CAN touch THIS!

Tuesday morning. Hi there! Back in the body business today. Sticking to that morning walk? Excellent. If you discover any fun stuff along the way, drop me a line. And if you don’t feel like walking, we’re gonna…

… dance – that’s great for your body. If you’re like me, you can easily replace gym with a dance session for day. When I was a student, I tried aerobics. It worked for a bit but I got bored with dancing on the same music just because it fit the exercises for the various muscles. Good thing I didn’t give up the parties. And man, in those days did we dance at parties… There wasn’t much booze available in the communist stores, not to mention drugs. Just before I was born, an anti-abortion law had been passed which stayed in place until 1990 – you got it, no contraceptives of any kind, sex was a tricky affair, better not. So what could you do at parties? Play the philosopher guy and hope you’ll bewitch the (more intellectual) girls, or dance. Which is why people in my generation are not only pretty good dancers and sophisticated philosophers (yes, of course they don’t say anything), but have also stayed relatively slim into old(er) age.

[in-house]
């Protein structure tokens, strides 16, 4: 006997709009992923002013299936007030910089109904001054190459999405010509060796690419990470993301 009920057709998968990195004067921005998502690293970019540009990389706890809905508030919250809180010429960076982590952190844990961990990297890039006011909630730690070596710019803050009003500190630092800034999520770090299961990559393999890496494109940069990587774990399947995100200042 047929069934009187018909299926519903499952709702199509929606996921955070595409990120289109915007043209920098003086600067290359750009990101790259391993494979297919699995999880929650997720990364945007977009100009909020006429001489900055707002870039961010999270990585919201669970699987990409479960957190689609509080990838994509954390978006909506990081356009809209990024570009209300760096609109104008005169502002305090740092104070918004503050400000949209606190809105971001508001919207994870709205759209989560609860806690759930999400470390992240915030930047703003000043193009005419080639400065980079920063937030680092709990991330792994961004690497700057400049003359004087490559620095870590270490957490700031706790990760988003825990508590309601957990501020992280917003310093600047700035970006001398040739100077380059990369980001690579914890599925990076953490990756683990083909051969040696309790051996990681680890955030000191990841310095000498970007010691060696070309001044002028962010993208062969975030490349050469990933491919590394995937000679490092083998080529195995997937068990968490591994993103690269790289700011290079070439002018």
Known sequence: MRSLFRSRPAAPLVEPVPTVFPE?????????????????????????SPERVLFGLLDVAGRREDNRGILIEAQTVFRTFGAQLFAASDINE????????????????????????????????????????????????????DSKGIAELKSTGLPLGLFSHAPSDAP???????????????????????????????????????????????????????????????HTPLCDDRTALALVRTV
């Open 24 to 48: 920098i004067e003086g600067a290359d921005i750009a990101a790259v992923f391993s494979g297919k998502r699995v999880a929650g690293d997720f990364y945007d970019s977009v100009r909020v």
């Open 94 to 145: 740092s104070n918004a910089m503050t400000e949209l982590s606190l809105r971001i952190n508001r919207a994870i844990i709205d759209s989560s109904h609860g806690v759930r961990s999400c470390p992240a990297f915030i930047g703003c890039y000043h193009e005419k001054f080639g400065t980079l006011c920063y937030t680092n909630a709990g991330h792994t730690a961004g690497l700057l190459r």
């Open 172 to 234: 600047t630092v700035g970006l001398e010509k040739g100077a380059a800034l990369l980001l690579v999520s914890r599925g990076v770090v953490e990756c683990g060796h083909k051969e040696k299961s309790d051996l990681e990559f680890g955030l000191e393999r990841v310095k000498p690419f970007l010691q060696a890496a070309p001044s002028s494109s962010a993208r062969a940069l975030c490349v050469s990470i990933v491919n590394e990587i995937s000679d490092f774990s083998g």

I love dancing. As a kid I had asked my mom to put me in ballet lessons. At the end of the first one, she excitedly asked: “so how did you like it?” “I didn’t” – I said. “Why?” came mom’s surprised voice. “Well, they asked me to stretch and stretch and to just go around the room.” “Oh, honey, it takes some time and exercise to get into the ballerina moves…” “But I don’t want to learn those moves – I just want to wear the pretty dresses and dance.” That was my first realization that sometimes you gotta work hard for a pretty dress. So I dropped the ballerina thing, absolutely no regrets – and later on became one of those rare architects who also wear colours besides black.

Anyway, no big deal. I continued to dance whenever the occasion arose. Not to brag, but I was the soul of the parties and I did dance almost all night long. I remember once we returned home at 5 am – it would have taken forever to get the buses, so we had to go through a park. My feet were hurting so bad, I removed my white shoes and walked home barefoot. Liberating. (I probably would have done it at 1 pm, too. I’m just that kind of person.) Oh, and I danced a bit more on the way. You see, I was in love.

Dance has the amazing ability to put you in a good mood. A loving mood. And if you don’t have somebody specific in mind, how about loving yourself? Swing, baby, swing. You can put on Swan Lake and twirl through the house, or a waltz and go one-two-three, one-two-three… Or go easy with Ella & Louis and don’t wake up just yet, keep dreaming … And when you’re quite ready to start your day… full steam with M.C.Hammer – trust me on this!

Let’s dance! Happy Tuesday!

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Some Middle Class